“Same. She has her days.”

“Yeah.” I give the bowl a shake, even the popcorn out. “How are you doing?”

Jillian looks at me like I’m a stranger, like she’s only just met me but she’s already not sure she likes me. “I don’t have a choice, Jack. I don’t get to have bad days.”

And I feel stupid, because I know this. Because I want to fix this for Jillian, except I barely know what this is, and even if I did know, I’m fairly certain I lack the required tools.

“I’m sorry, J.” I clear my throat. “So, your dad’s still, uh . . .”

She plunks ice cubes into our glasses. “I thought you came over to watch a movie.”

“I did, but . . . I mean . . . if—”

“So, let’s watch.” She disappears into the den.

We’re about halfway through the movie, sitting on either end of her family-room sofa, when I hit Pause.

“Not another bathroom break, King.”

She only uses my last name when she’s upset.

“You have to talk to me, J.”

She crosses her arms. “I am.”

“No, you’re talking through me and sometimes at me, but not to me. Whatever I did, please know that I’m eternally sorry.”

We sit silent for a beat, and then another, until Jillian sighs and crams half a cookie into her mouth. She chews and chews, and when she’s swallowed, she looks over at me.

“I guess I was Alfred,” she says, the last word snapping off in a mumble.

“You were Alfred? I don’t get it.”

She sighs. “Afraid, Jack,” she says, softly but clearly. “I was afraid, okay?”

“Afraid how?”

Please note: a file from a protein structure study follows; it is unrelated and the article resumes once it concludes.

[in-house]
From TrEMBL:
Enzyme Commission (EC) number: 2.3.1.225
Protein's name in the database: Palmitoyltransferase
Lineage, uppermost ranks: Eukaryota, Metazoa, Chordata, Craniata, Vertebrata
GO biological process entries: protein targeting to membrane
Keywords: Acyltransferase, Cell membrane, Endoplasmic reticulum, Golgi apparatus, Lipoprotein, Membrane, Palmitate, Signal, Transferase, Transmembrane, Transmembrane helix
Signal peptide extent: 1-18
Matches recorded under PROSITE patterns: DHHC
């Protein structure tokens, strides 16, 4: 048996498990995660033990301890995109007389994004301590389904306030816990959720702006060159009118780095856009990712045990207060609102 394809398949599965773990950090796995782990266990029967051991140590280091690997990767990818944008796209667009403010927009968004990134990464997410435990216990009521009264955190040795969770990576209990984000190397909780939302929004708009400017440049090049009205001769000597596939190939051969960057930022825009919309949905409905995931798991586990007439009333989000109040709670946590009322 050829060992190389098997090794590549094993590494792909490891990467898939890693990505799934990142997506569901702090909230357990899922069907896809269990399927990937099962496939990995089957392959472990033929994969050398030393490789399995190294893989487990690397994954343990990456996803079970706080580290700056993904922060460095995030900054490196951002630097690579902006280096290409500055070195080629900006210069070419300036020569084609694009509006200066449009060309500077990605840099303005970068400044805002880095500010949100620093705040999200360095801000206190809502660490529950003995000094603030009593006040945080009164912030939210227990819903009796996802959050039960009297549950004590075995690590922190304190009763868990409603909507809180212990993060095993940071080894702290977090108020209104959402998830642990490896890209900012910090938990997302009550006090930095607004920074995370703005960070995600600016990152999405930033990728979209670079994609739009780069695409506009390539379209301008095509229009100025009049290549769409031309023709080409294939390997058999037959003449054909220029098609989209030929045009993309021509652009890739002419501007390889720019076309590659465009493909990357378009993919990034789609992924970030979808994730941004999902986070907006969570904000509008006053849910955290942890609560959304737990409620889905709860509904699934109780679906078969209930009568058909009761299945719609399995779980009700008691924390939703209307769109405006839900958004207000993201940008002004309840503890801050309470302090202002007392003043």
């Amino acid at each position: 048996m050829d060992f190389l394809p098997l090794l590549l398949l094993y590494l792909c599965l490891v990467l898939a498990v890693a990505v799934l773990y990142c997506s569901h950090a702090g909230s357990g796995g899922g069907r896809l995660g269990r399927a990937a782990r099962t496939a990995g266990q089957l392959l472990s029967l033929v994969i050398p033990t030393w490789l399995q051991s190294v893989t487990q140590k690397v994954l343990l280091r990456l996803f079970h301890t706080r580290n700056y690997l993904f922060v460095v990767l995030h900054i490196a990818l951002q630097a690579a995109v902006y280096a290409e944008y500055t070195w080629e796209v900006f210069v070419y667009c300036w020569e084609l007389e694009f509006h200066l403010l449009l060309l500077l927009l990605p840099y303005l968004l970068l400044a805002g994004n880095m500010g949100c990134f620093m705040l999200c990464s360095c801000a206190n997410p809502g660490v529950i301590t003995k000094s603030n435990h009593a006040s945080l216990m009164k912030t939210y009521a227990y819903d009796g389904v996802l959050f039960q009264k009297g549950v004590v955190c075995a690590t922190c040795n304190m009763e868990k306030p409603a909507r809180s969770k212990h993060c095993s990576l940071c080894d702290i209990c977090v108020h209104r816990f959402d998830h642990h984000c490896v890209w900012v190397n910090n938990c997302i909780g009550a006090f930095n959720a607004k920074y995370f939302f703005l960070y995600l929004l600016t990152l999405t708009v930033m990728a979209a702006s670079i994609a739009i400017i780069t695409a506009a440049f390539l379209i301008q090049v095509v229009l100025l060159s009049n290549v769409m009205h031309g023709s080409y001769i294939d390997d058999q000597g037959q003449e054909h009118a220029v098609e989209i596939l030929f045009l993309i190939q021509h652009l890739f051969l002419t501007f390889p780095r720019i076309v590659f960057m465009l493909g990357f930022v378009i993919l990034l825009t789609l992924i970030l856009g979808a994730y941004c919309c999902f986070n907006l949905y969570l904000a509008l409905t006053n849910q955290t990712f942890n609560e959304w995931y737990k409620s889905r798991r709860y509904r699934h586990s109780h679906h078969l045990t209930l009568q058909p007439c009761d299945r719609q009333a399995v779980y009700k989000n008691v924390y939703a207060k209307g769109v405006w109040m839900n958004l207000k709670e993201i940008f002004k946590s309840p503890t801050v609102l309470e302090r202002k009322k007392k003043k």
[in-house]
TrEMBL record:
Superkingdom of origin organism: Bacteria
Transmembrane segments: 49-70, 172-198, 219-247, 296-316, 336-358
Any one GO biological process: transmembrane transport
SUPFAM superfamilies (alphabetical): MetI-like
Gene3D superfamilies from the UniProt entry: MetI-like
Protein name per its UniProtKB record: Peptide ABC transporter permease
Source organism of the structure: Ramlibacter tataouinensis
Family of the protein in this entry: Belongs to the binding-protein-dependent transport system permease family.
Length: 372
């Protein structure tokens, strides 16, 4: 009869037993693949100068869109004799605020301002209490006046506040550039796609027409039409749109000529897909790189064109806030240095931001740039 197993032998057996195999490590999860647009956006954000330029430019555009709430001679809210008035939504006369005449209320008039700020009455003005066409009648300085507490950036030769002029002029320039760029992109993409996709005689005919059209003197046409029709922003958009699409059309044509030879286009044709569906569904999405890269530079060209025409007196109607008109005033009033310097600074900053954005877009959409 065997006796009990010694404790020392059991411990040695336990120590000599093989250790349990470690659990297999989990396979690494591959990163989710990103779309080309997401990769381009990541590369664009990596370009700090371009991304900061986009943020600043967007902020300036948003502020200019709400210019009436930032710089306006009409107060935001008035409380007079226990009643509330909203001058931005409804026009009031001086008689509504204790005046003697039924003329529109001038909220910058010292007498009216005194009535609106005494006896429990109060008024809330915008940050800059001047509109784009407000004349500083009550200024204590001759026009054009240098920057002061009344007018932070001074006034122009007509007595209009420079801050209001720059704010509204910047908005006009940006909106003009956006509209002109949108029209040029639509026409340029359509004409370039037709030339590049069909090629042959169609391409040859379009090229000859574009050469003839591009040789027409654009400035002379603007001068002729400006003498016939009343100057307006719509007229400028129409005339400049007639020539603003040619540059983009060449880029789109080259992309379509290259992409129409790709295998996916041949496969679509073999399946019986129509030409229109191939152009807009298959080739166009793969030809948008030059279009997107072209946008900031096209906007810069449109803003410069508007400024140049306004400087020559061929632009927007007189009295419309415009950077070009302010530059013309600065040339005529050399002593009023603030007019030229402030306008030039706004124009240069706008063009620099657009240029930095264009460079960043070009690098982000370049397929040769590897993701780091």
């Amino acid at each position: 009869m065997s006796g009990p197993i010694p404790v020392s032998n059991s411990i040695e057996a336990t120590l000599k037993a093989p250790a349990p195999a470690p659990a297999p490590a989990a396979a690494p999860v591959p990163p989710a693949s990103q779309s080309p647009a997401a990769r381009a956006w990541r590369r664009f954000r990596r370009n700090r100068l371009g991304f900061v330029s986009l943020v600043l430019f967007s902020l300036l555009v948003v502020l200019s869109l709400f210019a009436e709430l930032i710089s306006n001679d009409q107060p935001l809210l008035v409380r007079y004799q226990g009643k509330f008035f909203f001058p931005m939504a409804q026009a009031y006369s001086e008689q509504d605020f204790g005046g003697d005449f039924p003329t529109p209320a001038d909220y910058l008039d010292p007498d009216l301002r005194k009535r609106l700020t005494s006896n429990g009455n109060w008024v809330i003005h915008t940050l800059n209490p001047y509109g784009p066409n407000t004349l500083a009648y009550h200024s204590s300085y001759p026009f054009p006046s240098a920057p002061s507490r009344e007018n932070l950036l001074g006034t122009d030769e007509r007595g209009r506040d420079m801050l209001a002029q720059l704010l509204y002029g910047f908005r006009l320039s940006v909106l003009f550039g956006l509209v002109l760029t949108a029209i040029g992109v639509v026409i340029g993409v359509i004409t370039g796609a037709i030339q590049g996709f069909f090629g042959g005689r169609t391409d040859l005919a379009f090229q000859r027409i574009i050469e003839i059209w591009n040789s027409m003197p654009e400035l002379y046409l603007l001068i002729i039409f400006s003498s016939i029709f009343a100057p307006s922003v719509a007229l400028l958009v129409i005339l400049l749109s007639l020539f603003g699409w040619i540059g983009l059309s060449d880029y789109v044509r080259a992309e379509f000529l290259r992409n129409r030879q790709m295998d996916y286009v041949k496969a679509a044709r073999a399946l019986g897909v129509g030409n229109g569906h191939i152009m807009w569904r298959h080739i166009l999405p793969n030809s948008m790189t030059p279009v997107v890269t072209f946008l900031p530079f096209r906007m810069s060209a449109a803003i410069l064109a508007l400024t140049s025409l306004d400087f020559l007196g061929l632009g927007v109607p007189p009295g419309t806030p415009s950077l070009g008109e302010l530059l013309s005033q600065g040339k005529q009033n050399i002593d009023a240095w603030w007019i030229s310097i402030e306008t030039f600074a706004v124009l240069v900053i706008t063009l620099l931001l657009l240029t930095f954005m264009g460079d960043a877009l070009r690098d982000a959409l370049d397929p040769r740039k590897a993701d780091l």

“Everything’s changing.”

“What things?”

“All the things.” She takes a deep breath. “First with my family. And now, it seems, with us. The other day on our drive home from Whittier, it was the first time it occurred to me I might not have you forever.”

I’m speechless. Because I thought those were things that only I ever considered. Jillian always seems so supremely confident in herself, in her feelings, it’s hard to imagine her struggling with any insecurities. But here she is, reminding me of how human she is, how human we all are.

“It’s stupid,” she says, “I know. I mean, you’re my best friend. Always will be. But I guess I had all these expectations about what our last couple of months of high school would be like. That we’d be even more inseparable, that we’d do all the senior stuff together, like prom and senior luncheon and all those other cheesy things we’re supposed to do but have always made fun of. And then we’d graduate and celebrate and leave all this crap behind, and we’d ride off into our college future together. We’d turn the page. Finally, you know, turn it for good. And then you—something about the way you were so excited about Kate, about spending time with her. You passed up burgers with your best friend for her.” She tries to laugh, but it’s strained. “I mean, you were going crazy at even just the possibility of talking to her. I can’t remember ever seeing you like that. Like ever.”

And I nearly say, If only you’d noticed the way I acted around you, how excited and happy I always am even to be in the same room with you. But I don’t interrupt.

“I guess it made me feel . . . less. Like I was less to you. And that sucked so bad because you’re so . . . more to me.”

I scoot across the couch, closing the sofa distance between us, nearly spilling the cookie tray in the process. “J, you’re my best friend because you’re the best person I know. Nothing will change that.”

Her eyes are moist, soft. This is a side to Jillian I’m not sure I’ve seen—it’s as if she’s nervous around me, uncertain.

“Really?” she says. “You promise?”

“Hope to die.”

We hold each other’s gaze and it’s easy to remember why I fell for Jillian in the first place (as if I could ever truly forget).



“You’re the best person I know, too.”

We unpause the movie and we sit there, sharing a single sofa cushion, her head against my chest. I can feel the soft, warm tremor of her breathing. And I don’t pay attention to a single scene. I think about that day nearly four years ago, the day I bumped into Jillian in the hall, the day she offered me, a goofy, nerdy kid from Elytown, a chance for her heart—